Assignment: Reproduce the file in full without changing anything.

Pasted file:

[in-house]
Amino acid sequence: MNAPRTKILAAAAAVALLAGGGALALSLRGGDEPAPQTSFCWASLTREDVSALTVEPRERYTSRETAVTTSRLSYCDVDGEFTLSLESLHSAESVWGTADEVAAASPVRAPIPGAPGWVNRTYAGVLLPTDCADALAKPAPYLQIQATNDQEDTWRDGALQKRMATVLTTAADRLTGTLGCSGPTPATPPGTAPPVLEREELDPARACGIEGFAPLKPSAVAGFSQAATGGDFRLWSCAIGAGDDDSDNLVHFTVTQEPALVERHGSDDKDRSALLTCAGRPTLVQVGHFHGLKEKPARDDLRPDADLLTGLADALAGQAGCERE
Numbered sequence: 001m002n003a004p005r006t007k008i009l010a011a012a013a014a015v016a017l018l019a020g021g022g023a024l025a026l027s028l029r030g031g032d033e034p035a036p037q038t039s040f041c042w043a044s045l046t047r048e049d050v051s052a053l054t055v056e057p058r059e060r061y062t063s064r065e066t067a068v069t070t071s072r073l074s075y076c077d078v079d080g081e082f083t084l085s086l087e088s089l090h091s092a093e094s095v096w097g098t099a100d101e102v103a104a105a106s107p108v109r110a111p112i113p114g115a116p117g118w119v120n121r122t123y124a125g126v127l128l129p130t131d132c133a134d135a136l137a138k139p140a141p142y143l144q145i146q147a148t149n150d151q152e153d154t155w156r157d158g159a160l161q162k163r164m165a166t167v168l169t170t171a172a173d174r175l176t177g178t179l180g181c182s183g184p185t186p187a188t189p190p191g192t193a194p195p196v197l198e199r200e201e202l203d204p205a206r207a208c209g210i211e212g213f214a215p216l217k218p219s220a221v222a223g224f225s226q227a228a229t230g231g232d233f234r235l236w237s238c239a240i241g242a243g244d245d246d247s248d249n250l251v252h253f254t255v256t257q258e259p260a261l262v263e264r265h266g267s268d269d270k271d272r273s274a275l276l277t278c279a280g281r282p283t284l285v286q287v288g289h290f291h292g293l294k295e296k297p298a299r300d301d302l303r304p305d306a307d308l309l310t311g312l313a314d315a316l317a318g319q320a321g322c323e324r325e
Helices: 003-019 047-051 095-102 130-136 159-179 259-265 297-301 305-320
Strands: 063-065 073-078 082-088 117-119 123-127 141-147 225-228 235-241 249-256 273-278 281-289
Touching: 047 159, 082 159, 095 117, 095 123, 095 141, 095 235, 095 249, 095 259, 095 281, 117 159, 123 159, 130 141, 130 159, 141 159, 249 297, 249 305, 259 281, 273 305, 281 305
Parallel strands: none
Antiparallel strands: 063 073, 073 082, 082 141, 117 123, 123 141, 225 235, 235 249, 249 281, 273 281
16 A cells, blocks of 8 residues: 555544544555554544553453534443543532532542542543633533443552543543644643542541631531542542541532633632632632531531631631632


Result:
[in-house]
Amino acid sequence: MNAPRTKILAAAAAVALLAGGGALALSLRGGDEPAPQTSFCWASLTREDVSALTVEPRERYTSRETAVTTSRLSYCDVDGEFTLSLESLHSAESVWGTADEVAAASPVRAPIPGAPGWVNRTYAGVLLPTDCADALAKPAPYLQIQATNDQEDTWRDGALQKRMATVLTTAADRLTGTLGCSGPTPATPPGTAPPVLEREELDPARACGIEGFAPLKPSAVAGFSQAATGGDFRLWSCAIGAGDDDSDNLVHFTVTQEPALVERHGSDDKDRSALLTCAGRPTLVQVGHFHGLKEKPARDDLRPDADLLTGLADALAGQAGCERE
Numbered sequence: 001m002n003a004p005r006t007k008i009l010a011a012a013a014a015v016a017l018l019a020g021g022g023a024l025a026l027s028l029r030g031g032d033e034p035a036p037q038t039s040f041c042w043a044s045l046t047r048e049d050v051s052a053l054t055v056e057p058r059e060r061y062t063s064r065e066t067a068v069t070t071s072r073l074s075y076c077d078v079d080g081e082f083t084l085s086l087e088s089l090h091s092a093e094s095v096w097g098t099a100d101e102v103a104a105a106s107p108v109r110a111p112i113p114g115a116p117g118w119v120n121r122t123y124a125g126v127l128l129p130t131d132c133a134d135a136l137a138k139p140a141p142y143l144q145i146q147a148t149n150d151q152e153d154t155w156r157d158g159a160l161q162k163r164m165a166t167v168l169t170t171a172a173d174r175l176t177g178t179l180g181c182s183g184p185t186p187a188t189p190p191g192t193a194p195p196v197l198e199r200e201e202l203d204p205a206r207a208c209g210i211e212g213f214a215p216l217k218p219s220a221v222a223g224f225s226q227a228a229t230g231g232d233f234r235l236w237s238c239a240i241g242a243g244d245d246d247s248d249n250l251v252h253f254t255v256t257q258e259p260a261l262v263e264r265h266g267s268d269d270k271d272r273s274a275l276l277t278c279a280g281r282p283t284l285v286q287v288g289h290f291h292g293l294k295e296k297p298a299r300d301d302l303r304p305d306a307d308l309l310t311g312l313a314d315a316l317a318g319q320a321g322c323e324r325e
Helices: 003-019 047-051 095-102 130-136 159-179 259-265 297-301 305-320
Strands: 063-065 073-078 082-088 117-119 123-127 141-147 225-228 235-241 249-256 273-278 281-289
Touching: 047 159, 082 159, 095 117, 095 123, 095 141, 095 235, 095 249, 095 259, 095 281, 117 159, 123 159, 130 141, 130 159, 141 159, 249 297, 249 305, 259 281, 273 305, 281 305
Parallel strands: none
Antiparallel strands: 063 073, 073 082, 082 141, 117 123, 123 141, 225 235, 235 249, 249 281, 273 281
16 A cells, blocks of 8 residues: 555544544555554544553453534443543532532542542543633533443552543543644643542541631531542542541532633632632632531531631631632